London-based Emily Wang gained minor notoriety from her VJ-ing on cable television. She is now more renowned for being the longtime girlfriend and pseudo manager of rock musician Lee Hauser... See full summary »
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London-based Emily Wang gained minor notoriety from her VJ-ing on cable television. She is now more renowned for being the longtime girlfriend and pseudo manager of rock musician Lee Hauser, who seems to be on the brink of stardom. Those that know the couple believe she is a bad influence on him, and is the reason why he is a junkie. After Lee dies from an accidental heroin overdose and Emily is imprisoned for six months on possession charges, she learns that the courts have awarded custody of their young adolescent son, Jay, to Lee's aging parents, Albrecht and Rosemary Hauser, who live in Vancouver. A concerned Albrecht asks that she not attempt to see Jay for at least two years while she cleans up her act so as to give Jay a fighting chance at a decent life. Emily initially agrees, knowing that she is in no position to look after Jay. To regain her life, she decides to move back to her old stomping grounds of Paris. As Emily tries mostly unsuccessfully to become clean while eking ... Written by
During the scene where Albrecht has a meeting concerning the artwork for Lee's album, a Nick Cave and The Bad Seeds poster is seen on the wall behind him. James Johnston (who plays Lee Hauser) plays guitar and organ in The Bad Seeds. See more »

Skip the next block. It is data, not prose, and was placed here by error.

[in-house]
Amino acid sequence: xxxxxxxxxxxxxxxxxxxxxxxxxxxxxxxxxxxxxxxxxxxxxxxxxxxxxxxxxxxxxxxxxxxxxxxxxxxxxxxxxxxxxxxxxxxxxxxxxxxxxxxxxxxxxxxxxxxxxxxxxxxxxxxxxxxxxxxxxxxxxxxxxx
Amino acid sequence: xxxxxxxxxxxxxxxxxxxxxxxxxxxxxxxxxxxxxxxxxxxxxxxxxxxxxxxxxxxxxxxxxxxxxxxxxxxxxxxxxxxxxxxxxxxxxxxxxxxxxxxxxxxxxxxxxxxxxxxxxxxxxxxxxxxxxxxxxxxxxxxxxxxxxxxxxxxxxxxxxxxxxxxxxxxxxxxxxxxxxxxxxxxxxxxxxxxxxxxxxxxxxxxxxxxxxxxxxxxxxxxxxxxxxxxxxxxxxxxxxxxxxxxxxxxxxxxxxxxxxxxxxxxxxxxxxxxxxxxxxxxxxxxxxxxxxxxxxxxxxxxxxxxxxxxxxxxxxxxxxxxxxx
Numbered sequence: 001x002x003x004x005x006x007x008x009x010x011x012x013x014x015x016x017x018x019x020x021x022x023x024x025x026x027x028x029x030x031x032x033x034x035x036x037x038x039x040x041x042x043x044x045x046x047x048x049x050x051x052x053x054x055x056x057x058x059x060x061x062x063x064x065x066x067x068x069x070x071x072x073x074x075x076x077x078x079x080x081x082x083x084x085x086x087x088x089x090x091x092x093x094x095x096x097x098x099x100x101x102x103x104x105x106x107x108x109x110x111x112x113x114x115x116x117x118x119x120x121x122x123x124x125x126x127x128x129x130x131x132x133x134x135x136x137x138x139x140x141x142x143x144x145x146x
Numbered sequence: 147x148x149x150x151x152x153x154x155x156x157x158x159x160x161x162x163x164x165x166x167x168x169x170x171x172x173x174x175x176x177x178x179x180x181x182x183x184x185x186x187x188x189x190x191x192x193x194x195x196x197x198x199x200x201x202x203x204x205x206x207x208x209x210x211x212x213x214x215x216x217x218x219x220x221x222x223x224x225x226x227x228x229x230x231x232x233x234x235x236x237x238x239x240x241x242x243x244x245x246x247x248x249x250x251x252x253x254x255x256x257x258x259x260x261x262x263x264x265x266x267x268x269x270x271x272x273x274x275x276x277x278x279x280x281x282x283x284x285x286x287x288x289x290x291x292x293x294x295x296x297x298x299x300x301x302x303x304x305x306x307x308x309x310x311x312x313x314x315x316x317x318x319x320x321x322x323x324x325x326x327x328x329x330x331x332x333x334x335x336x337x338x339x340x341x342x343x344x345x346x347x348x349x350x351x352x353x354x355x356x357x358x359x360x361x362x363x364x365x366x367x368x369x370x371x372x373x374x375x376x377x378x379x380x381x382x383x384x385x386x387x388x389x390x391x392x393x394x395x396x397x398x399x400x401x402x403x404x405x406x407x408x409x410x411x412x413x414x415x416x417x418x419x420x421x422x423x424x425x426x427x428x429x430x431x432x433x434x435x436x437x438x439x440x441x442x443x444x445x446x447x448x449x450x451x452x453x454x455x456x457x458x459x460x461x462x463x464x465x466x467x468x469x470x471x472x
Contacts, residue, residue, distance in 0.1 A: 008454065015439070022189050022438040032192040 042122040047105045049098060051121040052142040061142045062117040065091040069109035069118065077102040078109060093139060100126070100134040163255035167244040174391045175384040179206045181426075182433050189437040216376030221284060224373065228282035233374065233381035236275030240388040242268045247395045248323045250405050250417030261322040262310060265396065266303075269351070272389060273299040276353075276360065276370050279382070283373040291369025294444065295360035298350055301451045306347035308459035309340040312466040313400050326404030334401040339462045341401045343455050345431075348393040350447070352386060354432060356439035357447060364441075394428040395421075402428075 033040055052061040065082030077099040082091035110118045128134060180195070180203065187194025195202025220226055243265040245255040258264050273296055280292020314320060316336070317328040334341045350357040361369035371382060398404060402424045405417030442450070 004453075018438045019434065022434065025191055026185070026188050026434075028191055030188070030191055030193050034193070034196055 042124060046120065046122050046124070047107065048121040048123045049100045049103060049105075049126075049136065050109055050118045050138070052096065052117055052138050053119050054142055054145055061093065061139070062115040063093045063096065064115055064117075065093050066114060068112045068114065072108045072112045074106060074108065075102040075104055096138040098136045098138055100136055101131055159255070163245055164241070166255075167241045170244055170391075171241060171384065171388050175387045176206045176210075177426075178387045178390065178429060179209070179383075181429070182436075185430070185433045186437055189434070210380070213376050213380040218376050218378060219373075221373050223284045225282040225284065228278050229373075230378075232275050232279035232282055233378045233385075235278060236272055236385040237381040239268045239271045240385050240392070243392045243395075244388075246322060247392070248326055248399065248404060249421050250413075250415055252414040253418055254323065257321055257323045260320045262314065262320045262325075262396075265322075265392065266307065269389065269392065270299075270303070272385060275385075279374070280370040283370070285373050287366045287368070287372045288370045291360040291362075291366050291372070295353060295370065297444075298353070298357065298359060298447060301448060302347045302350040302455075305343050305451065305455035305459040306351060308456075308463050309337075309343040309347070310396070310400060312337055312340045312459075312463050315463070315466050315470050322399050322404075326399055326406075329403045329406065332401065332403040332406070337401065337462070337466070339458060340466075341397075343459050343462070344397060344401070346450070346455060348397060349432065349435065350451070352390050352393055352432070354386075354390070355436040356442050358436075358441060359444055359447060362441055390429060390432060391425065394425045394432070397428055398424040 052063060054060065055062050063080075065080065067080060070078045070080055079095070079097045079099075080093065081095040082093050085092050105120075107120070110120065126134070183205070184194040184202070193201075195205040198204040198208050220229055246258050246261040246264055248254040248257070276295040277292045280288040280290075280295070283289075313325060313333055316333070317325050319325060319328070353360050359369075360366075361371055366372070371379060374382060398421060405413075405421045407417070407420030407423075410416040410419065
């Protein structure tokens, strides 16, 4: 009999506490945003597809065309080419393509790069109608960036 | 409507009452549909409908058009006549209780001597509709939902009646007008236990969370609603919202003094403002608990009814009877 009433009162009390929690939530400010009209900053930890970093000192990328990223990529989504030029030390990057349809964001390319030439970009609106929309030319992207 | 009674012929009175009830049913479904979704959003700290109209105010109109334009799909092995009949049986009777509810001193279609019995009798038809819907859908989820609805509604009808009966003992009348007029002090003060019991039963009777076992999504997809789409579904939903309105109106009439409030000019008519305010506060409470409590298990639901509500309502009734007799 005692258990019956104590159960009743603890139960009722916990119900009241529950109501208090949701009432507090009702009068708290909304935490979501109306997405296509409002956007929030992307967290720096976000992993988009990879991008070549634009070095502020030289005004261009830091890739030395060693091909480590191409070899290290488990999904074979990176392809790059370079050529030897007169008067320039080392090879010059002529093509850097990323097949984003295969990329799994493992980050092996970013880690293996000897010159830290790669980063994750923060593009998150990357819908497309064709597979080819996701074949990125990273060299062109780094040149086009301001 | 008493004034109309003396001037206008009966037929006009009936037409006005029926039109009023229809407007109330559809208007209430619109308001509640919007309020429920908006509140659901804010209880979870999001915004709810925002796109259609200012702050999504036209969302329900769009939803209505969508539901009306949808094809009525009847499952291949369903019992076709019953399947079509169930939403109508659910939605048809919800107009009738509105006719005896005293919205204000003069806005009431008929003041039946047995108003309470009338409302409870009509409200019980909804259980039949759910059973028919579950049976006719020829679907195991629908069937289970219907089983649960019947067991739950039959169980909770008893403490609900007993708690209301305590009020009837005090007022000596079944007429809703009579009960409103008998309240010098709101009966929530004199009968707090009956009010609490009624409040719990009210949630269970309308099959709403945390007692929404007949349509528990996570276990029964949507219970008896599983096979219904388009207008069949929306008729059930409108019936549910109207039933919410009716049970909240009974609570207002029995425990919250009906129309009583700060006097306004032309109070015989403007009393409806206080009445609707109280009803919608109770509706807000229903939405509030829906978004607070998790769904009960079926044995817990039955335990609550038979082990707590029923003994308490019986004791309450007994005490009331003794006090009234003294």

To get the full, globe-trotting flavor of "Clean," one need simply note that Emily Wang is a Chinese immigrant living in Paris with her British rock star boyfriend, and that their child is being raised by the young man's parents in Vancouver, Canada. All I can say is that "Babel" clearly has nothing on this film when it comes to international story lines spanning widely varying cultures and time zones.
Though a French film, "Clean" actually begins in the English-speaking section of Canada where Emily and her husband, Lee Hauser, both heroin addicts, are desperately attempting to jumpstart Hauser's fading music career. The couple seems to be patterned somewhat after John Lennon and Yoko Ono, since everyone around them seems to think that Emily's undue influence on him is bringing him down both personally and professionally. When Hauser dies of a drug overdose, Emily - who earned some renown of her own as a music show hostess on an MTV-style interview show on French TV a decade or so back - is arrested for heroin possession and sentenced to six months in prison. Upon her release, she returns to Paris, agreeing not to have any contact with her son until she can kick her drug habit and make a decent life for herself.
As a cautionary tale about drug addiction in the music business, "Clean" doesn't show us anything we haven't already seen in countless films (and VH-1 specials) on this very same subject before. Yet, although the movie is a bit too scattered in its focus at times, when it is zeroing in on the things that really matter - Emily's attempts at overcoming her addiction and her efforts at forging a meaningful relationship with her young son - it is poignant, profound and deeply touching. The movie is blessed with a pair of outstanding performances by Maggie Cheung as Emily and Nick Nolte as Hauser's father, a kindhearted soul who believes in forgiveness and who offers a helping hand to a woman whose life, despite all her best efforts, is constantly teetering on the edge of disaster. Their scenes together, as the two characters reveal their fears, insecurities and even tentative hopes to one another, are both spellbinding and breathtaking, and show us what fine movie acting is really all about.
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